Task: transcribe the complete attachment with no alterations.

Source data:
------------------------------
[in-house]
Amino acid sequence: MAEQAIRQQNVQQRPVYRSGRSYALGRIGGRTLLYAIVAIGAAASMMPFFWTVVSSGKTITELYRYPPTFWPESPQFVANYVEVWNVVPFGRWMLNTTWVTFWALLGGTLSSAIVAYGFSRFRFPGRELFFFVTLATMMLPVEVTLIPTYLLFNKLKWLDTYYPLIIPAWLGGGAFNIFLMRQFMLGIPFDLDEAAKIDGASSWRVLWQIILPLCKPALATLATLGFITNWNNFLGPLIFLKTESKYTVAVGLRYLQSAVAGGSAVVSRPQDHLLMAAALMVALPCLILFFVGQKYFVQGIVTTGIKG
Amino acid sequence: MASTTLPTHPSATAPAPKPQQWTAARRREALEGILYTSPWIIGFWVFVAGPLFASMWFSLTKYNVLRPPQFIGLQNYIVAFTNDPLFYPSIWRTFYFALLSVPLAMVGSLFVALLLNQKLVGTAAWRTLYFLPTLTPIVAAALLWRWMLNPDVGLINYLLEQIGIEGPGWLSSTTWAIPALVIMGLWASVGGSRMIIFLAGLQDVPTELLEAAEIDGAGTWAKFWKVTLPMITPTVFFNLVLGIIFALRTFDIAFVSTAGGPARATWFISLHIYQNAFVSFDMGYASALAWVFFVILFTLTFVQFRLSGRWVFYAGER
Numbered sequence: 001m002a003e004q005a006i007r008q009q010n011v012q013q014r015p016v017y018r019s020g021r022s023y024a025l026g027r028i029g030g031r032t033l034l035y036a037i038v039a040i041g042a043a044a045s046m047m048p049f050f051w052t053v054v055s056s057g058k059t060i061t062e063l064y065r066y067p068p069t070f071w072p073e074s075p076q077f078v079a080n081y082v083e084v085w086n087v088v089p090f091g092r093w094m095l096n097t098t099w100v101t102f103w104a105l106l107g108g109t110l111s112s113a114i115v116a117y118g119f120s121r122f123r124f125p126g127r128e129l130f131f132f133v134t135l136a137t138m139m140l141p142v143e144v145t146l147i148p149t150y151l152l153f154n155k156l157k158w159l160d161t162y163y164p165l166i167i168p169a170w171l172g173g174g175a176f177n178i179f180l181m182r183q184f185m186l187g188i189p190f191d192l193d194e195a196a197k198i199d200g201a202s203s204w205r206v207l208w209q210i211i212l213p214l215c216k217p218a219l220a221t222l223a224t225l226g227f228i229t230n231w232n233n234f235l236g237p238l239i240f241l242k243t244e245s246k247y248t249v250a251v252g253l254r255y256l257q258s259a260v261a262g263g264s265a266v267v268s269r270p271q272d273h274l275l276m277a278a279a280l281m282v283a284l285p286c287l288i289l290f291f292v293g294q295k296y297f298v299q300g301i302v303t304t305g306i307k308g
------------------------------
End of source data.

[in-house]
Amino acid sequence: MAEQAIRQQNVQQRPVYRSGRSYALGRIGGRTLLYAIVAIGAAASMMPFFWTVVSSGKTITELYRYPPTFWPESPQFVANYVEVWNVVPFGRWMLNTTWVTFWALLGGTLSSAIVAYGFSRFRFPGRELFFFVTLATMMLPVEVTLIPTYLLFNKLKWLDTYYPLIIPAWLGGGAFNIFLMRQFMLGIPFDLDEAAKIDGASSWRVLWQIILPLCKPALATLATLGFITNWNNFLGPLIFLKTESKYTVAVGLRYLQSAVAGGSAVVSRPQDHLLMAAALMVALPCLILFFVGQKYFVQGIVTTGIKG
Amino acid sequence: MASTTLPTHPSATAPAPKPQQWTAARRREALEGILYTSPWIIGFWVFVAGPLFASMWFSLTKYNVLRPPQFIGLQNYIVAFTNDPLFYPSIWRTFYFALLSVPLAMVGSLFVALLLNQKLVGTAAWRTLYFLPTLTPIVAAALLWRWMLNPDVGLINYLLEQIGIEGPGWLSSTTWAIPALVIMGLWASVGGSRMIIFLAGLQDVPTELLEAAEIDGAGTWAKFWKVTLPMITPTVFFNLVLGIIFALRTFDIAFVSTAGGPARATWFISLHIYQNAFVSFDMGYASALAWVFFVILFTLTFVQFRLSGRWVFYAGER
Numbered sequence: 001m002a003e004q005a006i007r008q009q010n011v012q013q014r015p016v017y018r019s020g021r022s023y024a025l026g027r028i029g030g031r032t033l034l035y036a037i038v039a040i041g042a043a044a045s046m047m048p049f050f051w052t053v054v055s056s057g058k059t060i061t062e063l064y065r066y067p068p069t070f071w072p073e074s075p076q077f078v079a080n081y082v083e084v085w086n087v088v089p090f091g092r093w094m095l096n097t098t099w100v101t102f103w104a105l106l107g108g109t110l111s112s113a114i115v116a117y118g119f120s121r122f123r124f125p126g127r128e129l130f131f132f133v134t135l136a137t138m139m140l141p142v143e144v145t146l147i148p149t150y151l152l153f154n155k156l157k158w159l160d161t162y163y164p165l166i167i168p169a170w171l172g173g174g175a176f177n178i179f180l181m182r183q184f185m186l187g188i189p190f191d192l193d194e195a196a197k198i199d200g201a202s203s204w205r206v207l208w209q210i211i212l213p214l215c216k217p218a219l220a221t222l223a224t225l226g227f228i229t230n231w232n233n234f235l236g237p238l239i240f241l242k243t244e245s246k247y248t249v250a251v252g253l254r255y256l257q258s259a260v261a262g263g264s265a266v267v268s269r270p271q272d273h274l275l276m277a278a279a280l281m282v283a284l285p286c287l288i289l290f291f292v293g294q295k296y297f298v299q300g301i302v303t304t305g306i307k308g